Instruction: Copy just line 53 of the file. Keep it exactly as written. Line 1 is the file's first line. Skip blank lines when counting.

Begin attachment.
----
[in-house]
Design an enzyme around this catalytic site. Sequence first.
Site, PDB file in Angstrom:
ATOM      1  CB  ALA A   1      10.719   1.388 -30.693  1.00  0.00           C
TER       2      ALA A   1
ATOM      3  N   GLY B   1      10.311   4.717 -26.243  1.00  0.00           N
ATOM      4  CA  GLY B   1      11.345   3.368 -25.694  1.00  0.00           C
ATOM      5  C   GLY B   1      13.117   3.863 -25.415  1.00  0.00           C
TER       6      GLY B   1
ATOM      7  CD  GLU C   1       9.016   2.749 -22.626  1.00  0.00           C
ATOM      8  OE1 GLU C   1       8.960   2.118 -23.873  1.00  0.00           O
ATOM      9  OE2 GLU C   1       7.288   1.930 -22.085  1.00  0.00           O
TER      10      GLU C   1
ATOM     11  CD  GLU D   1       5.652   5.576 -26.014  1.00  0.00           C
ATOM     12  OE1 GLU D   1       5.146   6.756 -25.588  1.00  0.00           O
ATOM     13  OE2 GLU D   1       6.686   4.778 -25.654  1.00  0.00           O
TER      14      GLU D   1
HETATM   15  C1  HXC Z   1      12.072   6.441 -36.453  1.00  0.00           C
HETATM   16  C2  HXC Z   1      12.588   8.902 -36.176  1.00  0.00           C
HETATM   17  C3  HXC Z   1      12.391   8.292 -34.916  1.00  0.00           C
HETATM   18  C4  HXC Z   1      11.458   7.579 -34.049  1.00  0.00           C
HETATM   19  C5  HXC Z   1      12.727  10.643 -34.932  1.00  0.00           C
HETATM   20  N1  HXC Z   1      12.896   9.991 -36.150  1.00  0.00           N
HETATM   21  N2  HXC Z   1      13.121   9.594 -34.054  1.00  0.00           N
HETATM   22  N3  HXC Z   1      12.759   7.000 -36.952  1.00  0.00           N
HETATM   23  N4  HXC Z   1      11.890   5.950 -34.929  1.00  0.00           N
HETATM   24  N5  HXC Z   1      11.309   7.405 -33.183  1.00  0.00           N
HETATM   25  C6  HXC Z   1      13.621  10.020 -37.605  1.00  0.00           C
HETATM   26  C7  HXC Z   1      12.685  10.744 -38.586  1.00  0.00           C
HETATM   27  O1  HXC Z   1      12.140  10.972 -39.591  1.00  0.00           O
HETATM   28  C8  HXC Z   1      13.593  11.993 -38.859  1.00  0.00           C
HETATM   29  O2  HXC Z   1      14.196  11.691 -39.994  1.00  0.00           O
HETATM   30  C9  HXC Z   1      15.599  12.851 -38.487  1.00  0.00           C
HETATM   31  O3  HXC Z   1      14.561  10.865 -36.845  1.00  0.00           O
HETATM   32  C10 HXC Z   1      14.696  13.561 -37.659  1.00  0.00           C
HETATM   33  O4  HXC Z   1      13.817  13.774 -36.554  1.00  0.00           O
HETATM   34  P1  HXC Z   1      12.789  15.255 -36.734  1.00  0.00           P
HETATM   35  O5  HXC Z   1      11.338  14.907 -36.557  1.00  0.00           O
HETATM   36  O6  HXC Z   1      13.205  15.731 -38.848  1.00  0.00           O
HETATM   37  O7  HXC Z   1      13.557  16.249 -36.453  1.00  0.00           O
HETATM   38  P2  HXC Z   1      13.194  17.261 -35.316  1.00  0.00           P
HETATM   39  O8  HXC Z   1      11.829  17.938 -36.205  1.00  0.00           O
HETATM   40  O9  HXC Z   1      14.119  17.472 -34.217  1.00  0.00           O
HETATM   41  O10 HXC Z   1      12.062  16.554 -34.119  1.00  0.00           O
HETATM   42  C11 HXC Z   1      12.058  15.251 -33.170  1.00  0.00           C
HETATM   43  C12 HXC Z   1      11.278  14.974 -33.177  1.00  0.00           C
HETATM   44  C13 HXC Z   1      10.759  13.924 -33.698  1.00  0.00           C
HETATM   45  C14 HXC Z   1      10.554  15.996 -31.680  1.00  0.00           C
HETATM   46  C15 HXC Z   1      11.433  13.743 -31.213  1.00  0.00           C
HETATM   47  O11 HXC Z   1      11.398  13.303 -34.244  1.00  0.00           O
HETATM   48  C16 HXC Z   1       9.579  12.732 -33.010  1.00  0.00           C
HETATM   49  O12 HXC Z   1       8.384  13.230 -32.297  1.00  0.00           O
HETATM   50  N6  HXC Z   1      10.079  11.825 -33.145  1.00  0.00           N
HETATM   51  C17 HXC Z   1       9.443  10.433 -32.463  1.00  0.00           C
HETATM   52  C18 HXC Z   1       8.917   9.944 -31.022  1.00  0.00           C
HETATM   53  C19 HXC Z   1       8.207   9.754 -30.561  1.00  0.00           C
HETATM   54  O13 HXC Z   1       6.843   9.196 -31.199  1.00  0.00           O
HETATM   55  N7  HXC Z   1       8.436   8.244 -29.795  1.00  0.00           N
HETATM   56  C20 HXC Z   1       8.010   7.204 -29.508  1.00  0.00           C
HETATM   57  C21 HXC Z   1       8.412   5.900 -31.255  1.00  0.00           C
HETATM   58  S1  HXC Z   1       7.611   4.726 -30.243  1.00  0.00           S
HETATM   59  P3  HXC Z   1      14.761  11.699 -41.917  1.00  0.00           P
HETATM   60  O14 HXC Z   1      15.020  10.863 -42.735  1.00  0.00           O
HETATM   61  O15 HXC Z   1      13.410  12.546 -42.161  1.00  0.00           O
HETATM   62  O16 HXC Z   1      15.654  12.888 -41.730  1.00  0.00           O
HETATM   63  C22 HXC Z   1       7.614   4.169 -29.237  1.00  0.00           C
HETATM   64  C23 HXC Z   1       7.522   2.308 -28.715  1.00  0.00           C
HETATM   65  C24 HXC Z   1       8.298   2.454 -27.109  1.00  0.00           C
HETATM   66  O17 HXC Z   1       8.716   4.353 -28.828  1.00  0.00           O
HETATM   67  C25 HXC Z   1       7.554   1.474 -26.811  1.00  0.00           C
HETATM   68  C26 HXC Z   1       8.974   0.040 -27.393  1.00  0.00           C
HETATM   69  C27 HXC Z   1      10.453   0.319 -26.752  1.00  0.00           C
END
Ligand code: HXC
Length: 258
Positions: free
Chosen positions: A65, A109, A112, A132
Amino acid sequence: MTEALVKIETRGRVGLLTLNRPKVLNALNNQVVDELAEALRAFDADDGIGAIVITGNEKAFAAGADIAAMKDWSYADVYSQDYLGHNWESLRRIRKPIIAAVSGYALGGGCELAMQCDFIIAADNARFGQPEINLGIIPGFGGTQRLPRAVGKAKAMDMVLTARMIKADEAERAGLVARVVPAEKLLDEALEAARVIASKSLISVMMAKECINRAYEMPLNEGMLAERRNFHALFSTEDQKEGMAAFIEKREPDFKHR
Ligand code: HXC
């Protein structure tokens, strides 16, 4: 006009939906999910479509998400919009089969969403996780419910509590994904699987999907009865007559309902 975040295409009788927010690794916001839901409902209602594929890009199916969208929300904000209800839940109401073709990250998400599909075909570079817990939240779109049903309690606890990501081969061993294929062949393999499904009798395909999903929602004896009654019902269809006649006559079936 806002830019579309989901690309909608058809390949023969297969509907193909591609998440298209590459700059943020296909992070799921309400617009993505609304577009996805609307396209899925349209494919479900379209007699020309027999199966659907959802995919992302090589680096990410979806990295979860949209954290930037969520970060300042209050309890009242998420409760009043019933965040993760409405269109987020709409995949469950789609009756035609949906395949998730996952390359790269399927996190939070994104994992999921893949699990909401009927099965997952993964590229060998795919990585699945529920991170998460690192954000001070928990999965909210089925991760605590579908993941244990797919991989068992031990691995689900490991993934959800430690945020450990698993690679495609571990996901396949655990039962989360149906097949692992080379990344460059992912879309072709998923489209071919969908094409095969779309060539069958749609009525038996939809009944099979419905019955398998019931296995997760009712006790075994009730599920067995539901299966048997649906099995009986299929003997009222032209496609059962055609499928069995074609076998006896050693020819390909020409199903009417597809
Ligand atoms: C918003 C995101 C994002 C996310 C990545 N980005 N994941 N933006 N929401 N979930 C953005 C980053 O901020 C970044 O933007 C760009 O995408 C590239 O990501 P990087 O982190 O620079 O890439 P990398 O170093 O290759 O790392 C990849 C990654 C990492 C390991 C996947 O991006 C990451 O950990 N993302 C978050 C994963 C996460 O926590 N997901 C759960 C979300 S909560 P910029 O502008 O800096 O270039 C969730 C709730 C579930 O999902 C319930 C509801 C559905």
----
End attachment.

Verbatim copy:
HETATM   50  N6  HXC Z   1      10.079  11.825 -33.145  1.00  0.00           N